Mennonites settle on the Canadian Prairies
Mennonites in Europe
In 1566 the Mennonites were scattered over Germany due to misunderstanding and persecution of their culture. In 1780 they were deprived of their privileged status and were expected to take their turn in the military service. To escape this, many families moved to the eastern steppes of Russia and the Ukraine where they farmed happily for a time. The very first group of Mennonites arrived in Manitoba from eastern Europe during the summer of 1874 and settled on reserves east and west of the Red River. However, the Mennonites that settled in southwestern Manitoba – around Whitewater Lake particularly – did not arrive until 50 years later, and under a different set of circumstances.
Mennonites are a pacifist group of Christians who follow a biblically-based doctrine. Before World War One, the Mennonite colonies were quite well-to-do with beautiful homes and gardens, plentiful orchards and rich land upon which they produced good crops. After the war the Soviet Revolution brought imprisonment, plundering, mistreatment and murder upon the Mennonite people. This was followed by famine and finally a communist government which took over Russia and began to tax the Mennonites very heavily and further harass them.
After the Labour Party of Canada persuaded the federal government to open the door to the Mennonites in 1923, a group of the refugees were eager to find new lives on the Canadian prairies. The Canadian government, though, had a bit more on its mind than being kind to Mennonite people going through hard times. A president and associate professor at the University of Waterloo, Frank H. Epp later wrote:
“The real purpose was to fill the Canadian prairies with a united Canadian society, which would prove the possibility of prosperous settlement there, and, simultaneously, domesticate the lands in the face of Indian and Métis rebellion and discourage any American incursion.”
Between 1923 and 1929, over 25,000 Mennonites managed to immigrate, and though more wanted to come, the Canadian government closed the door in 1930. Some Mennonites were fortunate enough to sell their farms in Russia and had enough money to pay their way to the Canadian Prairies. Others arrived totally penniless, and lived in debt to the Canadian Pacific Railway which carried them to their new homes free of charge; transport that was later paid back. This created an inequality among Mennonites on the prairies between those who had money and those who didn't.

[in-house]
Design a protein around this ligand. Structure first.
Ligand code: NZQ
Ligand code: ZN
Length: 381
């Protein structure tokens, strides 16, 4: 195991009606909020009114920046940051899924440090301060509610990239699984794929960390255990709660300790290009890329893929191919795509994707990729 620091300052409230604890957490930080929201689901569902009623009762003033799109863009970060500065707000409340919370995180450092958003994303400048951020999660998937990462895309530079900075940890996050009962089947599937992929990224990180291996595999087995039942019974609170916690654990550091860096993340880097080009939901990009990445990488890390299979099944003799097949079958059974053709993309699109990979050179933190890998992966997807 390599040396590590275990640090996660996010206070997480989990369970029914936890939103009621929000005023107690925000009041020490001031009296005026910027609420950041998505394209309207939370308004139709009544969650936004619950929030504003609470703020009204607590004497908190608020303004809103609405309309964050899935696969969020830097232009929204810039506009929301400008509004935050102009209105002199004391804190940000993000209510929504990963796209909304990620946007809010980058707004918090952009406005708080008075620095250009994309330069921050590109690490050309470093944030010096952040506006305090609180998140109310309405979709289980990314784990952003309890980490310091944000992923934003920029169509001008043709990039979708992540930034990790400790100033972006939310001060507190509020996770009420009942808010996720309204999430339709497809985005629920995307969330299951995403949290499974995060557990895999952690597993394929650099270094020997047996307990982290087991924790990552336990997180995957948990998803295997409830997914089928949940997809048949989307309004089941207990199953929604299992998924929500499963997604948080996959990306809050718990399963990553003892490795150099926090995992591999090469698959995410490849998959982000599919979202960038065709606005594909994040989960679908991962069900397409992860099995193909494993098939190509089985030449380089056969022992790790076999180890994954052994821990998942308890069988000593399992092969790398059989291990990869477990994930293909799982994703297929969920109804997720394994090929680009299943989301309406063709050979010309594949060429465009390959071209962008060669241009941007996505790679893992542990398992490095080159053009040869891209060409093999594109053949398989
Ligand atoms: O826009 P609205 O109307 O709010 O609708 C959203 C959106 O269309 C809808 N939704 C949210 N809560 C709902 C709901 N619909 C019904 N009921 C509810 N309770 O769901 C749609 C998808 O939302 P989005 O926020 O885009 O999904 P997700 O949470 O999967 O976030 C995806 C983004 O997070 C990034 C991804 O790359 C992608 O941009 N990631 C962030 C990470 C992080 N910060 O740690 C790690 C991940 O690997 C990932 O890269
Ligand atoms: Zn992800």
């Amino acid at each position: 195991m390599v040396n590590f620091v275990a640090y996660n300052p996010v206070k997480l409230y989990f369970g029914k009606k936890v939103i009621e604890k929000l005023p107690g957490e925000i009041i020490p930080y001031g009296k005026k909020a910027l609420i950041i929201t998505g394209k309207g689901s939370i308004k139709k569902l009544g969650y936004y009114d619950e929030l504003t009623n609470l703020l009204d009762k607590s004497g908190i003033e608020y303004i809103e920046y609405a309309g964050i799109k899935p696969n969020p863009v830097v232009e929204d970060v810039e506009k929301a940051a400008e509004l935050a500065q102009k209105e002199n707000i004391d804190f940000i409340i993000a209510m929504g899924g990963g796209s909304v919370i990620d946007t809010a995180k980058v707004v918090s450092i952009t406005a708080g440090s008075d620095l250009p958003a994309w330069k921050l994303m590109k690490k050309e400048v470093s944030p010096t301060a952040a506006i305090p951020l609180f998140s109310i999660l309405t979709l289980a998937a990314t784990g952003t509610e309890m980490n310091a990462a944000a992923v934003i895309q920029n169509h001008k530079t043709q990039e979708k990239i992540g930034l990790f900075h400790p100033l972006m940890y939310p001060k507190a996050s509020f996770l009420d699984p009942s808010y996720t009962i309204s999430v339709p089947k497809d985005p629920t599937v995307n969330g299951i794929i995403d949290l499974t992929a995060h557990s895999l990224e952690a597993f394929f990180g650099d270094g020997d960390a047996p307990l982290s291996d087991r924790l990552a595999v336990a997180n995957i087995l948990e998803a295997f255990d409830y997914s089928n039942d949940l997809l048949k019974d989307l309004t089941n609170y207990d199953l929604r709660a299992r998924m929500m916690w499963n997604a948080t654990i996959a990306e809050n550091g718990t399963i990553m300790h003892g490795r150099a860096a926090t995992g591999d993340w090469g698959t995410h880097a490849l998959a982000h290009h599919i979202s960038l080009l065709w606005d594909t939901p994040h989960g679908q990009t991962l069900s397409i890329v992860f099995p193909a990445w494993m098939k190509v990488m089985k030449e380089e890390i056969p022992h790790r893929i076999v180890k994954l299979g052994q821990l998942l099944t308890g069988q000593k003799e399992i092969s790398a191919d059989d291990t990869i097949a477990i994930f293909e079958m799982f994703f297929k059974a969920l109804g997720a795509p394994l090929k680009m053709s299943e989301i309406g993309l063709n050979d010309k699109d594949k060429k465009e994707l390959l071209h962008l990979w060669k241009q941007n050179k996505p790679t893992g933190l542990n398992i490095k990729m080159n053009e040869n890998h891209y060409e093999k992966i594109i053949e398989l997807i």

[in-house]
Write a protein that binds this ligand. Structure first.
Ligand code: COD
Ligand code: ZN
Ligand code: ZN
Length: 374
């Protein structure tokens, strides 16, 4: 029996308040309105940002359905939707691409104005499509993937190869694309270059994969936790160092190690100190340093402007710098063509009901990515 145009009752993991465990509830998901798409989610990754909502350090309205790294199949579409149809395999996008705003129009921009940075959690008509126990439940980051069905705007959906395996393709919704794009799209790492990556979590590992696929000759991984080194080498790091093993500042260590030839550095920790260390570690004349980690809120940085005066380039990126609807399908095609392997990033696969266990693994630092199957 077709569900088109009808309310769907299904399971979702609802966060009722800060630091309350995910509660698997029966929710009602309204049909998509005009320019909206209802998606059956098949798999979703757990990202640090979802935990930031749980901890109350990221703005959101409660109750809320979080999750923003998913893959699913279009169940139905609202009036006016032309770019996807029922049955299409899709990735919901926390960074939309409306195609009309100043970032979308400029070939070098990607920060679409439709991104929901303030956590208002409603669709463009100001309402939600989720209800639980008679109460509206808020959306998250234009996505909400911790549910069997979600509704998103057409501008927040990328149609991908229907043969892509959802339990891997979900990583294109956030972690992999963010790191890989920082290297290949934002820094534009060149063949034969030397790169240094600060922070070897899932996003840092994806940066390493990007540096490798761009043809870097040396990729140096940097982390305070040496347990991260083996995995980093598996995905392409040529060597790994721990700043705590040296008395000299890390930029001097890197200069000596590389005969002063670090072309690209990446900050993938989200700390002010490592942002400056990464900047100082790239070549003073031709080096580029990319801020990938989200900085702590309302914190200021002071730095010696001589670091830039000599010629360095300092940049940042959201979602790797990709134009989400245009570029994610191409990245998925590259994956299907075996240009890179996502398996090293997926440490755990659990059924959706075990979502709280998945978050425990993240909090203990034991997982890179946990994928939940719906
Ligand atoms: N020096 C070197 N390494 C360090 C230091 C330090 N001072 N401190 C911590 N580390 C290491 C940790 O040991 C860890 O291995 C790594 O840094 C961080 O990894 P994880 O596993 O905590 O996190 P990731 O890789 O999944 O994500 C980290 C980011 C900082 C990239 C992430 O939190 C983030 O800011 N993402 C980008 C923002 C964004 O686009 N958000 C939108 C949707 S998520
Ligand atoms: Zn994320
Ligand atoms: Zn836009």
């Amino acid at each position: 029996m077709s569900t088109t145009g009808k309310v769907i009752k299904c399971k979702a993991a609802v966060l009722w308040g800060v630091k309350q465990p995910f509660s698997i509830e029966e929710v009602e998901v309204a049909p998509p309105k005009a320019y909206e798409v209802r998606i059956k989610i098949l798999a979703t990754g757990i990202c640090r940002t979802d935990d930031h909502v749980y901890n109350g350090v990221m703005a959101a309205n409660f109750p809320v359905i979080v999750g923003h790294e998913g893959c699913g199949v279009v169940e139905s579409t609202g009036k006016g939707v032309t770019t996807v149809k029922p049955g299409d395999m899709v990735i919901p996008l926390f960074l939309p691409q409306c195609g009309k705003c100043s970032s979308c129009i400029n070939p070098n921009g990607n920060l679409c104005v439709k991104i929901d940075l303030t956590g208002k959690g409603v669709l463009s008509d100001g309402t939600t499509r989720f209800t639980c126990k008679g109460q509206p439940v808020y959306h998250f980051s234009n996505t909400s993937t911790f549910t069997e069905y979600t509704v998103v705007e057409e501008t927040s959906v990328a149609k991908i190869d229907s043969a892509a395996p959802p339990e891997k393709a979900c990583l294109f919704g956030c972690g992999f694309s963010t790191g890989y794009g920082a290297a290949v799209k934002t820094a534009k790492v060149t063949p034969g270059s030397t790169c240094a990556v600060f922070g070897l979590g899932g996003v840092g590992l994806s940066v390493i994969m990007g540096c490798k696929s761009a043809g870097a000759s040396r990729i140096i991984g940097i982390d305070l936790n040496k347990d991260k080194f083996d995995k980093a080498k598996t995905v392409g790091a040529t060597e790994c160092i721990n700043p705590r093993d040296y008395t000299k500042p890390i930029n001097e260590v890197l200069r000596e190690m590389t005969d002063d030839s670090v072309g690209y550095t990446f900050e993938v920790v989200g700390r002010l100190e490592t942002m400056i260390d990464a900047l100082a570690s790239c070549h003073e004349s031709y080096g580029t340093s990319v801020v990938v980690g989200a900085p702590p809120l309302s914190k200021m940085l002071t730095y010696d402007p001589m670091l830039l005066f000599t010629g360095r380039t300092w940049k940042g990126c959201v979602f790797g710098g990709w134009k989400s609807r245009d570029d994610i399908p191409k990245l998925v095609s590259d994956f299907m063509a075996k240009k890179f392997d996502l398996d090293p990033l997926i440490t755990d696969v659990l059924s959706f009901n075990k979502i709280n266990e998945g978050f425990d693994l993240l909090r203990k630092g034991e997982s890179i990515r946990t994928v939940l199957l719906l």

New Homes in Southwest Manitoba
Two groups of Mennonites arrived in southwest Manitoba; 14 families in one, eight in the other. These Mennonites arrived with nothing but the clothes on their backs and Bibles in their hands. Though they had no money to speak of, they managed to secure tens of thousands of acres of land including essential start-up goods without making so much as a down payment. Instead, they promised half of their gross annual income until the purchase price and interest were covered. The Mennonites had a reputation for honesty and being good farmers, thus the landowners in the area thought them trustworthy.
The German-speaking Mennonites were adjusting quite well to their new lives until the depression hit. With the onset of drought, rust and grasshoppers, farming became a very slow method of earning money. Mortgage obligations couldn't be paid, and Mennonite immigrants either lost their farms through foreclosure or lived in debt for years, sometimes decades.
Many rural schools at this time were struggling to stay open due to a lack of students. The sudden influx of Mennonite children to the area repopulated the desks of many small schools, especially those of Petersburg and Strathallen where Mennonite children easily made up the majority. One morning in the winter of 1925, a sleigh full of Mennonite children pulled up to Petersburg School in the town of Whitewater, not one of them knowing a word of English. There was absolutely no money to buy books. One time Jake Harms borrowed 15 cents to buy a text book and it took a long time for the loan to be repaid. (Jake Harms later became an influential, well-loved and long-serving pastor of the Whitewater Mennonite Church).
In their new communities, the Mennonites took pains to preserve their own culture and religious heritage. Church was the hub of the Mennonite community, and the newcomers to Whitewater set about establishing a church with enthusiasm. At first, services were held in people's homes, but the rooms were often too small.
At the end of 1925 they moved into an abandoned church in Whitewater and operated without an ordained pastor until a young couple got engaged and desired to be married. Then Gerhard G. Neufeld, who had been ordained in Russia, was re-ordained and the nuptial couple were married two days later: Easter Day, 1927. In this way the Whitewater Mennonite congregation was born, independent and unaffiliated from any other existing Mennonite congregation.
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Author: Teyana Neufeld, 2009
Dyck, Ernie G. “The Russian Mennonites in Morton Municipality.” Beckoning Hills Revisited “Ours is a Goodly Heritage” Morton Boissevain 1881—1981. Altona: 1981. Page 118.
Epp, Frank H. Mennonites in Canada 1786-1920 The History of a Separate People. Toronto: Macmillan Company of Canada Limited, 1974.
Neufeld, Rev. G. G. “Where Did the Mennonites Come From.” Beckoning Hills Revisited “Ours is a Goodly Heritage” Morton Boissevain 1881—1981. Altona: 1981. Page 376.